The cooler you ferment the starter (down to the planned fermentation temperature for the main batch) the slower the yeast growth, but the yeast can be healthier than yeast coming from a high temperature starter.

Keep starters between 65°F (18°C) and 75°F (24°C). A temperature around the low 70s (72°F, 22°C) strikes the best balance for the propagation of yeasts. Lager yeast starters can be kept a few degrees cooler and ale yeasts can be kept a few degrees warmer, but this temperature strikes a good balance of yeast health and efficient propagation for both types of yeast.

If you are going to pitch the starter at high krauesen, it is best to keep the starter within 5 degrees Fahrenheit (3°C) of the wort temperature of the main batch. Pitching a very warm, active starter into cold wort can stun the yeasts and with lager yeasts this can cause a higher incidence of petite mutants, which can negatively affect attenuation, flocculation, and increase hydrogen sulfide production.

You can add small amounts of cool wort to the starter over time, to bring the temperature down gradually, but it is really better to keep everything closer to fermentation temperatures from the beginning. Any time yeast sense a big drop in temperature, they slow down and drop out.

Q: At what point do I pitch the starter into the wort?

A great deal of discussion rages over this topic. Should the starter be fermented completely, the spent liquid decanted, and the yeast pitched or should the entire starter be pitched when at the height of activity?

Most yeast experts say that when propagating yeast, moving at high krausen is optimal. The time of high krauesen can range anywhere from a few hours to twenty-four or more. It depends on the amount of yeast added to the starter wort, yeast health, temperature, and several other factors.

Doss says a starter made from an XL pack of yeast into 2 liters of wort will reach its maximum cell density within 12-18 hours. If you’re starting with a very small amount of yeast in a large starter, it can take 24 hours or more to reach maximum cell densities. For the average starter, let’s just say that the bulk of the yeast growth is done by 12-18 hours.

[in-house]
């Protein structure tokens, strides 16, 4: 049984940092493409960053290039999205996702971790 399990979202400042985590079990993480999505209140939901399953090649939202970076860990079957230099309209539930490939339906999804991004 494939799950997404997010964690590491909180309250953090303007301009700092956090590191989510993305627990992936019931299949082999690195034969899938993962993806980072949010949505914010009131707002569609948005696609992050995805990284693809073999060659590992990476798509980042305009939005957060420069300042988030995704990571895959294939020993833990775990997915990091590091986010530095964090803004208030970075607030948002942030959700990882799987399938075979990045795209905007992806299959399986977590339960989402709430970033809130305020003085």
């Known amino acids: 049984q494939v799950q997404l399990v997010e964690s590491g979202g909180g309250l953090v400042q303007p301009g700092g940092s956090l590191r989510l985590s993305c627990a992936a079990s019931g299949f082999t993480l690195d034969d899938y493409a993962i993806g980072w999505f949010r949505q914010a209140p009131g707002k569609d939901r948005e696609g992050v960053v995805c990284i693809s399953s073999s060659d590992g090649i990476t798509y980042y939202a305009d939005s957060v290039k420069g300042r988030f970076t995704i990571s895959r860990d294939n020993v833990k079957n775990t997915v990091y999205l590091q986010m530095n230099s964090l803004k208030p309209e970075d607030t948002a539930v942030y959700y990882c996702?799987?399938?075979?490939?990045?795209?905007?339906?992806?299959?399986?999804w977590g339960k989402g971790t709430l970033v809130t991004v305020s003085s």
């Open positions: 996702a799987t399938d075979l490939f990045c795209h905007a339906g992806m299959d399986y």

I like to pitch starters while they’re still very active and as soon as the bulk of reproduction is finished, usually within 12 to 18 hours. This is really convenient, because I can make a starter the morning of the brew day or the night before and it is ready to go by the time the batch of wort is ready.

Of course, if you have a large starter volume in relation to your batch of beer or a starter that was continuously aerated, then you probably don’t want to pitch the entire starter into your wort. Adding a large starter or a heavily oxidized starter to your wort can alter the flavor of the finished beer.

If you’re going to pitch only the yeast from the starter, make sure the starter attenuates fully before decanting the spent wort. The yeast rebuild their glycogen reserve at the end of fermentation and it is this glycogen that they use when preparing to ferment a new batch of beer. Separating the spent wort from the yeast too early also selectively discards the less flocculent, higher attenuating individuals in your yeast population. You may end up with a pitch of yeast that won’t attenuate the beer fully. Allow the fermentation to go complete cycle, chill, decant the beer and pitch just the yeast.

Q: I’ve heard that too small or too large a starter can be bad for the yeast. How is that possible?

Parker says putting a fresh vial of yeast into 500 ml of wort and letting such a small starter go to completion can actually leave the yeast less ready to ferment a batch of beer. The yeast do not rebuild their reserves and have very little increase in cell mass.

The minimum starter size for significant yeast growth from a vial or pack of yeast is 1 liter. One vial or pack into 1 liter results in approximately a 50% increase in cell mass.

Some brewers make a small starter volume (500 ml or less) with the sole intent of “waking” the yeast. When making small starters, it is best to pitch the entire volume at the height of activity.

Q: If I’m making a high gravity beer, shouldn’t I make a high gravity starter so the yeast become acclimated?

No. In general, starter wort should be between 1.030 and 1.040 (7 – 10°P). If you’re trying to revive a stressed yeast, like culturing up yeast from a bottle conditioned beer or from an old slant, use a lower gravity starter wort around 1.020 (5°P). Lower gravity starters are easier on the yeast, but result in less growth. High gravity starters result in more growth, but are more stressful for the yeast. Exceeding the higher end of the range is stressful on the yeast and should be avoided.

Logsdon says, “Generally, you’d use the lower end of that range [1.020 SG, 5°P] for coming off a plate or slant or very old yeast. Yeast don’t get used to a high gravity environment, and the high osmotic pressure can really stress the yeast. Don’t forget, you want to increase healthy cells in a starter more than you want to increase the number of unhealthy cells.”